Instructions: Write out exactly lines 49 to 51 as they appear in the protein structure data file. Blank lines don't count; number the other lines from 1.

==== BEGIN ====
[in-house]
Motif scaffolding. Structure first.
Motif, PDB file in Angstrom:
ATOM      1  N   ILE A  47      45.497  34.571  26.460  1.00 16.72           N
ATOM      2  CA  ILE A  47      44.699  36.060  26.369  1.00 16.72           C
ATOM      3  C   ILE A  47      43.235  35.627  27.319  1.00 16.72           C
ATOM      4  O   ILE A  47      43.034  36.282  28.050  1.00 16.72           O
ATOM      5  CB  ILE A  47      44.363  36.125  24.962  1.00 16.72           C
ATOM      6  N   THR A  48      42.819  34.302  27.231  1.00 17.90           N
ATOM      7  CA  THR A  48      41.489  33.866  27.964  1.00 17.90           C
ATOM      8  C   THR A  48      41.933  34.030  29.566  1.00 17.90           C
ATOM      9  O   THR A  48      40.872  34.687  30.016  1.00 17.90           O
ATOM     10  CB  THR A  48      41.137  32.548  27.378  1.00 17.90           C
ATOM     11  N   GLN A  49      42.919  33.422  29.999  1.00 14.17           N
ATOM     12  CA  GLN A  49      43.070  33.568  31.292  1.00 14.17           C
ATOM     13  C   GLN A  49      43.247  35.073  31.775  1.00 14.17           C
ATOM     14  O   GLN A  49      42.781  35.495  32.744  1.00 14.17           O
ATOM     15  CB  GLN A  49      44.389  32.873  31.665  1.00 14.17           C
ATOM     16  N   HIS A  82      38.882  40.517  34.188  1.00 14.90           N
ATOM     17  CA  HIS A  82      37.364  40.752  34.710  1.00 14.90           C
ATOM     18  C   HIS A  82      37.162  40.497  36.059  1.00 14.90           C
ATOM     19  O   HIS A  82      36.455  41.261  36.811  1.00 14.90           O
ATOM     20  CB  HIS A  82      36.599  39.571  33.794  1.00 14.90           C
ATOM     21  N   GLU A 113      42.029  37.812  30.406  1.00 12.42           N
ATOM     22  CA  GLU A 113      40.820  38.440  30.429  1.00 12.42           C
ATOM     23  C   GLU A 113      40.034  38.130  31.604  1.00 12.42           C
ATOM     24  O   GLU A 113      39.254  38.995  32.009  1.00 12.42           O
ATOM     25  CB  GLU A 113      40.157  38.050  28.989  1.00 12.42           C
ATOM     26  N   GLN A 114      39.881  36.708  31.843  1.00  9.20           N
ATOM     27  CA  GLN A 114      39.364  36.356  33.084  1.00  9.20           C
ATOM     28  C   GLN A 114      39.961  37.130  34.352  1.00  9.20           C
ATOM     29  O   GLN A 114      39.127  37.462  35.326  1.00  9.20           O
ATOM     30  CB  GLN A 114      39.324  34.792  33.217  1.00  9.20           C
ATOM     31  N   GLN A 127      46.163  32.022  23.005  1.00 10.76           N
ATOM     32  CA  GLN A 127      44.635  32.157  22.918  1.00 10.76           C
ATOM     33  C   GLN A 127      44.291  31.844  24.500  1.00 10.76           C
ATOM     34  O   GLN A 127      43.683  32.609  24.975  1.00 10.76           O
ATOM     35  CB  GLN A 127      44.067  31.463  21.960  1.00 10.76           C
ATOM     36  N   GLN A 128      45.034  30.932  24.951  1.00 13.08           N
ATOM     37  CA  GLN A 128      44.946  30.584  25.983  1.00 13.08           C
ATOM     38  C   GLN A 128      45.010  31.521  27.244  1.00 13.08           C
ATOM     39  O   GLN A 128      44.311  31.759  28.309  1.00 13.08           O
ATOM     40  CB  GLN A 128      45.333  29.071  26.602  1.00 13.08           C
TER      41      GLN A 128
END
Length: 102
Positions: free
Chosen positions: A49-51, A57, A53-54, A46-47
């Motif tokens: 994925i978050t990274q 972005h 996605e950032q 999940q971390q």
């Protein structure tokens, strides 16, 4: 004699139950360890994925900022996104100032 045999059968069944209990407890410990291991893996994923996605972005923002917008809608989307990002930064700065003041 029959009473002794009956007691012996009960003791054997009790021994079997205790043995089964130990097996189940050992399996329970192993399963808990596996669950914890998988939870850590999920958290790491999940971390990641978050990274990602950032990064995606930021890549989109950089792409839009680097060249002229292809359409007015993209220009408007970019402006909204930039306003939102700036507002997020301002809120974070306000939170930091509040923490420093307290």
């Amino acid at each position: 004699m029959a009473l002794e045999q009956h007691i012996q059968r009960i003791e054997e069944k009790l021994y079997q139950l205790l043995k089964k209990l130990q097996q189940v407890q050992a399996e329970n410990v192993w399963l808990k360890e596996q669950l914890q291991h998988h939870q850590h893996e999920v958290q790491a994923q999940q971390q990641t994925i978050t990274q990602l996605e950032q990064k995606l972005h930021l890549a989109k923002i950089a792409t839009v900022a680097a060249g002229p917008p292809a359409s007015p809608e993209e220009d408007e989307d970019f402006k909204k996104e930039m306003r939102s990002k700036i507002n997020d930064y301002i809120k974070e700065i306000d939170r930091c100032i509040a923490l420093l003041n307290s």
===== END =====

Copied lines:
């Motif tokens: 994925i978050t990274q 972005h 996605e950032q 999940q971390q």
């Protein structure tokens, strides 16, 4: 004699139950360890994925900022996104100032 045999059968069944209990407890410990291991893996994923996605972005923002917008809608989307990002930064700065003041 029959009473002794009956007691012996009960003791054997009790021994079997205790043995089964130990097996189940050992399996329970192993399963808990596996669950914890998988939870850590999920958290790491999940971390990641978050990274990602950032990064995606930021890549989109950089792409839009680097060249002229292809359409007015993209220009408007970019402006909204930039306003939102700036507002997020301002809120974070306000939170930091509040923490420093307290």
């Amino acid at each position: 004699m029959a009473l002794e045999q009956h007691i012996q059968r009960i003791e054997e069944k009790l021994y079997q139950l205790l043995k089964k209990l130990q097996q189940v407890q050992a399996e329970n410990v192993w399963l808990k360890e596996q669950l914890q291991h998988h939870q850590h893996e999920v958290q790491a994923q999940q971390q990641t994925i978050t990274q990602l996605e950032q990064k995606l972005h930021l890549a989109k923002i950089a792409t839009v900022a680097a060249g002229p917008p292809a359409s007015p809608e993209e220009d408007e989307d970019f402006k909204k996104e930039m306003r939102s990002k700036i507002n997020d930064y301002i809120k974070e700065i306000d939170r930091c100032i509040a923490l420093l003041n307290s």